Defining PTSD Recovery: Does A Reduction In Symptoms Equal A Good Recovery?

Defining PTSD recovery: Does a reduction in symptoms equal a good recovery?

Posttraumatic stress disorder (PTSD) is a debilitating condition, often having a profound effect on the sufferer’s life for many years.


While international treatment guidelines recommend trauma-focussed psychological interventions for PTSD, these treatments only work for some people. And for members of the veteran and military community, as few as one-third of patients who receive a recommended treatment achieve good outcomes. Researchers agree that improved treatments are needed, but in addition, there is a critical need to expand how we view recovery so that it incorporates not only a reduction in symptoms, but also an increase in the patient’s own assessment of their wellbeing.


Researchers and clinicians currently use a variety of ways to define ‘response’ to PTSD treatment. Researchers at Phoenix Australia and the Centenary of Anzac Centre have conducted a study to extend existing research and enhance how outcomes from first-line PTSD treatments are measured.


The study investigated how 472 veterans responded to PTSD treatment. The team mapped the four progressive symptom response categories of the Posttraumatic Stress Disorder Checklist (PCL-5) – no response, response, loss of diagnosis, and remission – against five indicators of wellbeing – quality of life, social relationships, physical health, and psychological distress.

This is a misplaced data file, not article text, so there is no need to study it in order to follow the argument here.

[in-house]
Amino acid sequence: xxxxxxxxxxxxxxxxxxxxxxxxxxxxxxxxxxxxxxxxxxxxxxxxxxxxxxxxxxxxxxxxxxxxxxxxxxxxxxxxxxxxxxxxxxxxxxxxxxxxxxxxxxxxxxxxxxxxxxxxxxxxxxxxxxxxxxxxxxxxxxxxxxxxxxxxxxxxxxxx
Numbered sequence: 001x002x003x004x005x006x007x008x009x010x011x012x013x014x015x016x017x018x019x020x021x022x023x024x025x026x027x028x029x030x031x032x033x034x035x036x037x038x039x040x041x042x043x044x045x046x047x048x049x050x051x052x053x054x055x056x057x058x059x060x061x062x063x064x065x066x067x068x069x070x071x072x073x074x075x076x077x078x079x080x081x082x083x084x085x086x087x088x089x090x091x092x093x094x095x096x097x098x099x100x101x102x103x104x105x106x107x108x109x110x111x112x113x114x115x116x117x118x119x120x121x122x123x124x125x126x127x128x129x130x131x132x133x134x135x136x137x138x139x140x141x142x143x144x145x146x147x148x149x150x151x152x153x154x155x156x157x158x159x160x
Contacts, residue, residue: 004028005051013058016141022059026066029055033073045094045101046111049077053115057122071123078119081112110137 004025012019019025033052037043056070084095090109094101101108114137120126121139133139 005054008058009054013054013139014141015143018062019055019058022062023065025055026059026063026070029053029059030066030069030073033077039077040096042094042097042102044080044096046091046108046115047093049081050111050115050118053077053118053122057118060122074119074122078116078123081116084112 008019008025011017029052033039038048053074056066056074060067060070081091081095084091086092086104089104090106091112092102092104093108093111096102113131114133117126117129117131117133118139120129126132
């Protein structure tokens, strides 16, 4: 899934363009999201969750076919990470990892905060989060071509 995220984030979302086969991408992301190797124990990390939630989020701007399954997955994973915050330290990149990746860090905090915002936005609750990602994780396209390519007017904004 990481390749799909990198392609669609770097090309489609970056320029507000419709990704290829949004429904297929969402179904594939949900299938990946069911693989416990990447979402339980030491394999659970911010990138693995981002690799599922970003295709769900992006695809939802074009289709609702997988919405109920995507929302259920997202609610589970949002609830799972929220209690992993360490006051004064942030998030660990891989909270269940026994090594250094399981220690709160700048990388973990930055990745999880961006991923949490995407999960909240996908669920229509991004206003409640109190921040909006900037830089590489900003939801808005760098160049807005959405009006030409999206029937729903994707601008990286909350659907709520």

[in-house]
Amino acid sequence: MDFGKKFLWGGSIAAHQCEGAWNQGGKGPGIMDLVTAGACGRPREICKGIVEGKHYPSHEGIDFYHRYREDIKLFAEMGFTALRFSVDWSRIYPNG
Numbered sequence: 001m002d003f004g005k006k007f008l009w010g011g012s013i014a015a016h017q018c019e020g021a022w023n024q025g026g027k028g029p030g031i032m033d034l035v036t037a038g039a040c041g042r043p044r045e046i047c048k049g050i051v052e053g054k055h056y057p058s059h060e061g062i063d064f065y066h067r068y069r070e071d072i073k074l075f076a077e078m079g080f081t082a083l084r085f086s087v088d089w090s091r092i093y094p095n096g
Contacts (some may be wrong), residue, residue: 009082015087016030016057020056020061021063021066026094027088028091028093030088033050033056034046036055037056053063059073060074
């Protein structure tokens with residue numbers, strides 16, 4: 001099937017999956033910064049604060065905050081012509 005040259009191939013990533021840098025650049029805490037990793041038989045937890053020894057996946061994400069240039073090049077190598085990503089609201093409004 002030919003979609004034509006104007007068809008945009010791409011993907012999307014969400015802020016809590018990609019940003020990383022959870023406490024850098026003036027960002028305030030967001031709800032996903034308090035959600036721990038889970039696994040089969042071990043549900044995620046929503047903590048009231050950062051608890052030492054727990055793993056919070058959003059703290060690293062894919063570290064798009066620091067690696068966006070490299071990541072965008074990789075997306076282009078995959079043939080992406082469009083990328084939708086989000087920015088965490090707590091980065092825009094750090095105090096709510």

A reduction in PTSD symptoms was found to be associated with corresponding improvements in broader indicators of wellbeing. However, it was only when symptoms had reduced to the point of ‘loss of diagnosis’ that improvement on wellbeing measures indicated a good overall recovery.


The study team concluded that traditional methods of measuring ‘response’ in PTSD treatment are insufficient to indicate recovery on important wellbeing indicators.


Further research is needed in order to establish an expanded framework for measuring response to PTSD treatment that includes wellbeing.


“Clearly it is important for clinician and patient to see an improvement in symptoms following treatment for PTSD,” said Dr Mark Hinton, Director of the Anzac Centre’s Treatment Research Collaboration. “But for patients, it is equally important to see improvements in wellbeing. In this study, we found that treatment to the point of loss of PTSD diagnosis offered the greatest advantages to patients in both symptoms and general wellbeing, and therefore offers clinicians a clear treatment goal.”